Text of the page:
The second thing I realised was that I’d somehow convinced myself that the toilets were inside the cafe, and had one of my characters heading into them. Thank goodness for my visit yesterday, or my character’s own visit would have resulted in a rather embarrassing scene, and possibly arrest. There are no toilets in the cafe. Phew!

But the main thing that struck me was simply this. You just can’t convey the atmosphere and flavour of a place unless14114918_10154464909302350_2219733068235230935_o you’ve actually been. You can Google it, and read about it, and look at maps and photos, but there’s nothing to beat actually being there. Yes, I know it’s not always possible, and I’m certainly not saying that writers should limit themselves to writing about places they’re able to travel to themselves, because sometimes the budget simply doesn’t stretch that far. Sometimes, it’s not humanly possible. But when you get the chance – when it’s right on your own doorstep – there’s really no excuse. Standing inside the castle keep, gazing out over the North Sea, staring in awe at the cannon balls that bombarded the castle during the civil war, imagining the terrible conditions endured by the Royalist troops during the Siege of Scarborough Castle in 1645…You just don’t get that feeling from a computer screen.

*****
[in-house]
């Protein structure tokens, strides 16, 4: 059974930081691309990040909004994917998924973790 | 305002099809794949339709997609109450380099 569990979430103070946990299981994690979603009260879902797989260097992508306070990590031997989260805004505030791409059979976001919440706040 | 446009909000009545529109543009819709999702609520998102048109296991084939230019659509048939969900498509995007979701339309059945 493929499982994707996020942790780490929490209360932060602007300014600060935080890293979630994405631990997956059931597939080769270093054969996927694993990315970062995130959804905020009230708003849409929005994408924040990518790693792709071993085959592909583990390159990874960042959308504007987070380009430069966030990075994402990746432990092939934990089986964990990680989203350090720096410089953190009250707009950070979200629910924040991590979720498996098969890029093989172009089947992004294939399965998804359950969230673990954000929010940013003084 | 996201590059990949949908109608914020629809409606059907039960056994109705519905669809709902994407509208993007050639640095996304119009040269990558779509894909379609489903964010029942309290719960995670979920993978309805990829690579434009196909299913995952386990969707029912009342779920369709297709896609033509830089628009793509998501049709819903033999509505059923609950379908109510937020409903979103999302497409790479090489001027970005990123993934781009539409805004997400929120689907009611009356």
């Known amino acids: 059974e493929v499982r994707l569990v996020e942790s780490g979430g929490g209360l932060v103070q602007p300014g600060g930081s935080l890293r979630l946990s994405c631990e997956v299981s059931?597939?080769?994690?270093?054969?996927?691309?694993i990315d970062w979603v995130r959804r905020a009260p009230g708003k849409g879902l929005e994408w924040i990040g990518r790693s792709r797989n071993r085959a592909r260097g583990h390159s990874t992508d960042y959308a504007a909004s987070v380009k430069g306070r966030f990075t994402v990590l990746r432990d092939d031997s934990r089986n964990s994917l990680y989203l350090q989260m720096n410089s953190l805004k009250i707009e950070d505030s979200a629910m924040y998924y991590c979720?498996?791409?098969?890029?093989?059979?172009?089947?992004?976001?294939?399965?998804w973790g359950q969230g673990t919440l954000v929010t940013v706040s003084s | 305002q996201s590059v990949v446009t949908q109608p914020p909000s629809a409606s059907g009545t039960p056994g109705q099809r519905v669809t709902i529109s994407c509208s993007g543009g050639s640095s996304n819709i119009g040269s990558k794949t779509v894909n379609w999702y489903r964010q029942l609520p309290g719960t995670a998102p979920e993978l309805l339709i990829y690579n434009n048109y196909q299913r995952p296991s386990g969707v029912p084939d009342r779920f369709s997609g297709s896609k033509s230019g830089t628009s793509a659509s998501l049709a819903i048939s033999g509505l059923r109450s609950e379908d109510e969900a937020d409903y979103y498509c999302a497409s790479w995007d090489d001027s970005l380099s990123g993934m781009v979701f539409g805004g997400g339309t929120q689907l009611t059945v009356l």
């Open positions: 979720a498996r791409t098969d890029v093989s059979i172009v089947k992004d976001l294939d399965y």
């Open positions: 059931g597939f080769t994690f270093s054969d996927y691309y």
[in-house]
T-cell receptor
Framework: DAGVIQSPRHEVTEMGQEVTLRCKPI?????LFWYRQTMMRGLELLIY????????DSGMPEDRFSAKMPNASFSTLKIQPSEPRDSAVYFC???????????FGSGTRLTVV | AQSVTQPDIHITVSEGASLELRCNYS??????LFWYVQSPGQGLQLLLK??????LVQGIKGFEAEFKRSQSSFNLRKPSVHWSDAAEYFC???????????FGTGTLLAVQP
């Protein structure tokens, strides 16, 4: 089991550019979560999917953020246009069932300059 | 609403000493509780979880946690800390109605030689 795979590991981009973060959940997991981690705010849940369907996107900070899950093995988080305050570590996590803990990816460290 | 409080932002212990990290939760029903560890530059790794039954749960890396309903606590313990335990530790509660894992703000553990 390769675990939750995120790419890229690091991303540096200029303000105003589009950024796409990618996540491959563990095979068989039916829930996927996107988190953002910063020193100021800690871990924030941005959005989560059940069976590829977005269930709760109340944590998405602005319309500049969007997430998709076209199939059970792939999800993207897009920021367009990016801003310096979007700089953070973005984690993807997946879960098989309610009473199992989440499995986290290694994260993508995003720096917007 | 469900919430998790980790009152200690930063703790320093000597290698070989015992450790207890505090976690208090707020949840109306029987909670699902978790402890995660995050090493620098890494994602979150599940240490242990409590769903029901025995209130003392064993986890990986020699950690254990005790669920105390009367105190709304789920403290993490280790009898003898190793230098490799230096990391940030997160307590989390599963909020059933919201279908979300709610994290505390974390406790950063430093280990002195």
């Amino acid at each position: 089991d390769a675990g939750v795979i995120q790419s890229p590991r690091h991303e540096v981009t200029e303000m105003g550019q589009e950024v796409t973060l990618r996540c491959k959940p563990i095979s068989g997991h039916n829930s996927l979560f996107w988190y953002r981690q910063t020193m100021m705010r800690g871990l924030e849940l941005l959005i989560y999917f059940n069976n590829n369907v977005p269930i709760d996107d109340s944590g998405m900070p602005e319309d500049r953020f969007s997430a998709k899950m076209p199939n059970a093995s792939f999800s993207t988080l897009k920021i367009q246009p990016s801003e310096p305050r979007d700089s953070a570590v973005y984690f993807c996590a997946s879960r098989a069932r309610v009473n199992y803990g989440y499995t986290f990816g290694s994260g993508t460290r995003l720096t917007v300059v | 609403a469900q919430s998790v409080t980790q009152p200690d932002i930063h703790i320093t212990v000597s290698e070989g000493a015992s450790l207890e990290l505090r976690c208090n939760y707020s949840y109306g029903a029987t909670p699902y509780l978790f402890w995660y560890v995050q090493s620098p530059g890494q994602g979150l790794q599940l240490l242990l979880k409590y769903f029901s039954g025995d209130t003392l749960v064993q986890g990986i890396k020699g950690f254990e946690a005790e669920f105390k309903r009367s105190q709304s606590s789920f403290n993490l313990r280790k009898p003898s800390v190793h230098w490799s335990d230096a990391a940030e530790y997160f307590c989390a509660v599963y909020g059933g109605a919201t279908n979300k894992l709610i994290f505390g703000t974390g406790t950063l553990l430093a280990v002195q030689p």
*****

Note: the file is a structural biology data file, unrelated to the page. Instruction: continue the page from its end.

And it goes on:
Besides, it’s a great reason for a day out! I enjoyed myself so much, I signed up to join English Heritage. DH didn’t go that far, but he did agree that he’d had a fantastic day, and got quite absorbed in reading the information boards and looking at the exhibits. Just shows you!

 

14114982_1053197118130860_1290308887757741587_oOh, and on the way back to the car, we got to visit Anne Bronte’s grave, where someone had left some heather from the moors – a really thoughtful gesture that gave me quite a lump in my throat. All in all, it was a fantastic day. Who needs sunshine?

You can find out more about Scarborough Castle and English Heritage here.

Have a great week!

Sharonxxx (3)

 

6 thoughts on “You Don’t Always Know What You Think You Know

  1. Living in Scarborough I am, of course, biased towards the fabulous castle. It’s one of the more ruined ones around but its imposing position on the headland and the large grounds it sits in make it such a lovely place to visit and explore. We’ve joined English Heritage too this year which means I can go as many times as I want.